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Group Formed to Protect Ancient Tombs


An alliance aimed at protecting China's Ming Dynasty (1368-1644) mausoleums was created on Sunday in Xuyi, a county in east China's Jiangsu Province known for its many historical sites.

"All of the mausoleums of the Ming Dynasty are 'relatives,' so we should communicate with and visit them more often," said Liu Jinxing, vice-president of the Ming Dynasty Mausoleum Protection Alliance.

The alliance will help organizations and government departments in protecting and visiting the Ming mausoleums. The organization is also working to ensure the Ming mausoleums will be inscribed on the United Nations Educational, Scientific and Cultural Organization (UNESCO) World Culture Heritage List.

More than 30 leaders and experts from across the country were present for the inaugural meeting of the alliance.

The Ancestry Mausoleum in Xuyi, the Xiaoling Mausoleum in Nanjing, the Imperial Mausoleum in Fengyang, the Ming Tombs in Beijing and the Xianling Mausoleum in Zhongxiang make up an array of Ming mausoleums.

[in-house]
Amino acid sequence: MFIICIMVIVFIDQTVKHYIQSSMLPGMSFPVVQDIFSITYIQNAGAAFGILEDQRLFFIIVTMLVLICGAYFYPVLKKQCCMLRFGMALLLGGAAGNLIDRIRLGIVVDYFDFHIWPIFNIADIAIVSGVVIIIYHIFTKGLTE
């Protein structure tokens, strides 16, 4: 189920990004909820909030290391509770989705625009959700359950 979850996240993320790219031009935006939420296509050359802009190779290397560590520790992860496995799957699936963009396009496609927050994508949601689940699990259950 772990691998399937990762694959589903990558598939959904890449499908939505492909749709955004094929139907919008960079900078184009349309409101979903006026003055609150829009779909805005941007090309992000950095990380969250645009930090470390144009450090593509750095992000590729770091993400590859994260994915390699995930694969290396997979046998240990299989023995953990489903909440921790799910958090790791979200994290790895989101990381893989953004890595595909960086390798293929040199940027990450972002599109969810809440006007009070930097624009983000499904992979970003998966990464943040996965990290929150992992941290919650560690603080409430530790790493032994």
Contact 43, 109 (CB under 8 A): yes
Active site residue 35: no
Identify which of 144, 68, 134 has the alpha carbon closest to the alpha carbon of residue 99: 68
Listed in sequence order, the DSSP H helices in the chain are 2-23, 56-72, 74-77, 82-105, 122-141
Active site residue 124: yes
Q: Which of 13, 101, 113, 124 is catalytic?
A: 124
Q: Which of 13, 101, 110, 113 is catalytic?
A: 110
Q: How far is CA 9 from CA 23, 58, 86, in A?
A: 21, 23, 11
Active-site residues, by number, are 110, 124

Their historical, cultural and artistic relevance have been highly praised.

The Xianling Mausoleum was the first and only to be listed in World Culture Heritage List in 2000.

"The local government invested more than 10 million yuan (US$1.2 million) to improve the environment of the mausoleum, which was a key factor in passing the UNESCO investigation," said Li Bin, director of the Administrative Department of the Xianling Mausoleum in Zhongxiang.

Both the Xiaoling Mausoleum in Nanjing and the Ming Tombs in Beijing are also working to prepare for applying to the World Culture Heritage List.

"We are sparing no effort to protect and improve both the inner and outer environment of the Xiaoling Mausoleum, preparing for the examination by UNESCO next June," said Wang Qianhua, head of the Department of Cultural Relics in the National Park of the Zhongshan Scenic Area.

Experts at the Administrative Committee for the Ming Tombs in Beijing said that they began preparations in September 2001 for their upcoming UNESCO inspection in August.

(China Daily June 11, 2002)

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